The first year of general seating beer sales at Memorial Stadium saw revenue exceed University of Illinois expectations by at least a couple hundred thousand dollars.
Illini athletics officials had predicted the season total to be in the low six figures, but realized $488,115 in beer sales instead. “I think we were pleasantly surprised with it,” UI senior associate athletic director Jason Lener told The News-Gazette of Champaign.
The majority of that revenue goes to concessionaire Spectra, which provides the beer and the personnel to sell it, and IU's cut will further be reduced by the extra security hired to work game days. That said, the number of fan arrests (one) and ejections (15) this season was consistent with past years, according to IU police. The police department conducted inspections to ensure that the staff members selling beer were following serving guidelines and found no major problems. They also did periodic checks in the stands.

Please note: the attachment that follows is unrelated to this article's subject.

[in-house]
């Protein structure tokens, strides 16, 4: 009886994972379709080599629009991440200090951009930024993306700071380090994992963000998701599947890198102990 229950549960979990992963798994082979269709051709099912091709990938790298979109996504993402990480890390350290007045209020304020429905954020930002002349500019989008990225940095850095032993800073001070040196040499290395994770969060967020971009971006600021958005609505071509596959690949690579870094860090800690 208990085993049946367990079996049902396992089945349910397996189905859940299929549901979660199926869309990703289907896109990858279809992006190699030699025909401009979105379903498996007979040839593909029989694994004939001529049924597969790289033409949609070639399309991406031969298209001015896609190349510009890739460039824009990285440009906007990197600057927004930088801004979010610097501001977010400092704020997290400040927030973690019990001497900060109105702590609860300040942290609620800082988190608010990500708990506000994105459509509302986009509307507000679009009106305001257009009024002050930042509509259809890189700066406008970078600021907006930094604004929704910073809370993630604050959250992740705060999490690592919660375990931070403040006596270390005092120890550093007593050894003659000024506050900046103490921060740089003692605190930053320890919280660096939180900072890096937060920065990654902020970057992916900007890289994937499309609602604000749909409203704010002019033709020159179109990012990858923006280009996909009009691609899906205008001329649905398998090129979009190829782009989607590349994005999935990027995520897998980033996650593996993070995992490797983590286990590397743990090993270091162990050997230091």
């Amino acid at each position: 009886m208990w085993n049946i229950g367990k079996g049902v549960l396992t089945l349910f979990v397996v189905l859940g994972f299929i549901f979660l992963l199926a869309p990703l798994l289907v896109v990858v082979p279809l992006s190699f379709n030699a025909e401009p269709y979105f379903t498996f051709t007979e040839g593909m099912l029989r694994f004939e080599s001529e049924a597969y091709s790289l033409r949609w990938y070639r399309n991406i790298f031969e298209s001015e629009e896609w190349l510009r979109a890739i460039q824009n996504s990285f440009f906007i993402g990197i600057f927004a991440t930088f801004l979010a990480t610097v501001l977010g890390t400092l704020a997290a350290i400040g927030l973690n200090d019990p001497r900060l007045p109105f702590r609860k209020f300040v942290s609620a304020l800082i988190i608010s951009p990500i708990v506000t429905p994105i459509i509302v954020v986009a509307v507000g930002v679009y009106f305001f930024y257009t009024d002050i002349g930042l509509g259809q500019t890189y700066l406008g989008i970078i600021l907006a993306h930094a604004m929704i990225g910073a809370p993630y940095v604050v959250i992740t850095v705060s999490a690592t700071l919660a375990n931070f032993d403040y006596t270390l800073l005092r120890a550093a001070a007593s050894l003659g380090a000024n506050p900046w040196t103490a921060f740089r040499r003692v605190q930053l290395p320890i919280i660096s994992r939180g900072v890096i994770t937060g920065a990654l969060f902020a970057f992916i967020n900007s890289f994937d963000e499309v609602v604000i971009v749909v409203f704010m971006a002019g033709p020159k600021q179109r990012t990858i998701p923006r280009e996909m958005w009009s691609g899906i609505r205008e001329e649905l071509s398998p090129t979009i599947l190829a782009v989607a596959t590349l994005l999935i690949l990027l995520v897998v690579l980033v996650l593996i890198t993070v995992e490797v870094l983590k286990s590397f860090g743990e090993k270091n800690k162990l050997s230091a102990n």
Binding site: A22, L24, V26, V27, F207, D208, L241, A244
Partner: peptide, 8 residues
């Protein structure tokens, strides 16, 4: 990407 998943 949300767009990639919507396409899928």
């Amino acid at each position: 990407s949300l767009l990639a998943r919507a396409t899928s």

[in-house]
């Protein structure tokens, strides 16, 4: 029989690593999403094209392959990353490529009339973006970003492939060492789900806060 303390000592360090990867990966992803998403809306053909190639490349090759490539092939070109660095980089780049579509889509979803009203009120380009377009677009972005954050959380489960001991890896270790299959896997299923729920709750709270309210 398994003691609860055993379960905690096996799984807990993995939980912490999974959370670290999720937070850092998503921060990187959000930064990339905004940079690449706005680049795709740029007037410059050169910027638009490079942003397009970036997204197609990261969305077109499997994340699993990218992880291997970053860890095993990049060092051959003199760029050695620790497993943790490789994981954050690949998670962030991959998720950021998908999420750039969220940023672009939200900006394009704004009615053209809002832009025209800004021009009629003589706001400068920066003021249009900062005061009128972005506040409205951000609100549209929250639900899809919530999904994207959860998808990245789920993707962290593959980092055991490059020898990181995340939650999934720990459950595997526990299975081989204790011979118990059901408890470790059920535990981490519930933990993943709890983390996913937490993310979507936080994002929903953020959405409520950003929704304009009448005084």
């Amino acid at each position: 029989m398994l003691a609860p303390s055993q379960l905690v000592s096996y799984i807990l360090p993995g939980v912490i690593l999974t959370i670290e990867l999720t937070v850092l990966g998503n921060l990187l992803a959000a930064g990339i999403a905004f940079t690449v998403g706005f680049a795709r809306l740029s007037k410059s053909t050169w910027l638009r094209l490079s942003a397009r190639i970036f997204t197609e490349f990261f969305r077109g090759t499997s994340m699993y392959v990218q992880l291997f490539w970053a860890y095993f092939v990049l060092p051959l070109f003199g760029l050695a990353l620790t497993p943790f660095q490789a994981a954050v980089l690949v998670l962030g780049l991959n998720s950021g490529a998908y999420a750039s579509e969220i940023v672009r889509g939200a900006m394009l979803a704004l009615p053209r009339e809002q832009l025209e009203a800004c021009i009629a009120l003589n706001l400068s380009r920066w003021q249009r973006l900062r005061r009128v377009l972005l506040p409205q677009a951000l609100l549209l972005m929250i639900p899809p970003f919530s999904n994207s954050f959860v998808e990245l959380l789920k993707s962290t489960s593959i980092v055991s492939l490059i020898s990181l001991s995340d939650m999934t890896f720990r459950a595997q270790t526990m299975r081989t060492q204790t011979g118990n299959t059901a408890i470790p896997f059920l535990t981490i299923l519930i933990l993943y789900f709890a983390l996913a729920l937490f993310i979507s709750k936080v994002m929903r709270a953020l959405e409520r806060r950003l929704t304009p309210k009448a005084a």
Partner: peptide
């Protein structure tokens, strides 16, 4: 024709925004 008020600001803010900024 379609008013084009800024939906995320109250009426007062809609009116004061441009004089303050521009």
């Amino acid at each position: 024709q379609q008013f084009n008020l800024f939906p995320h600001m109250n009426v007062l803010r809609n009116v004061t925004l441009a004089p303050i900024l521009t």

The student section made up only 3 percent of total beer sales, with $16,475, Lener told The News-Gazette. The biggest week for student section sales came during the Nebraska game ($4,573), followed by Rutgers ($3,474) — which fell on Dads Day, when lots of dads were sitting in that section.
Stadium-wide, Illini fans preferred $7 light beer over the $8 premium brands, Blue Moon and Goose Island. Sales of Bud Light, Coors Light, Miller Lite and Michelob Ultra accounted for 95 percent of the total.
Kickoff time appeared to influence sales more than on-field success. The only night game on the 2019 Illinois schedule produced $124,085 in beer sales, though the Illini lost a close game, 42-38, to Nebraska. A 42-25 loss to Michigan brought the second-highest beer sales at $90,408, while a last-second, one-point upset victory over 31-point favorite Wisconsin placed third in terms of sales at $85,815. Of course, overall attendance was a major factor. A sparsely attended game against Northwestern over Thanksgiving weekend saw just $22,445 in beer sales.
“The more people that are there, the more money we make,” Lener said. “The hope is that the program continues to improve and with more people coming to our games we see that number increasing every year.”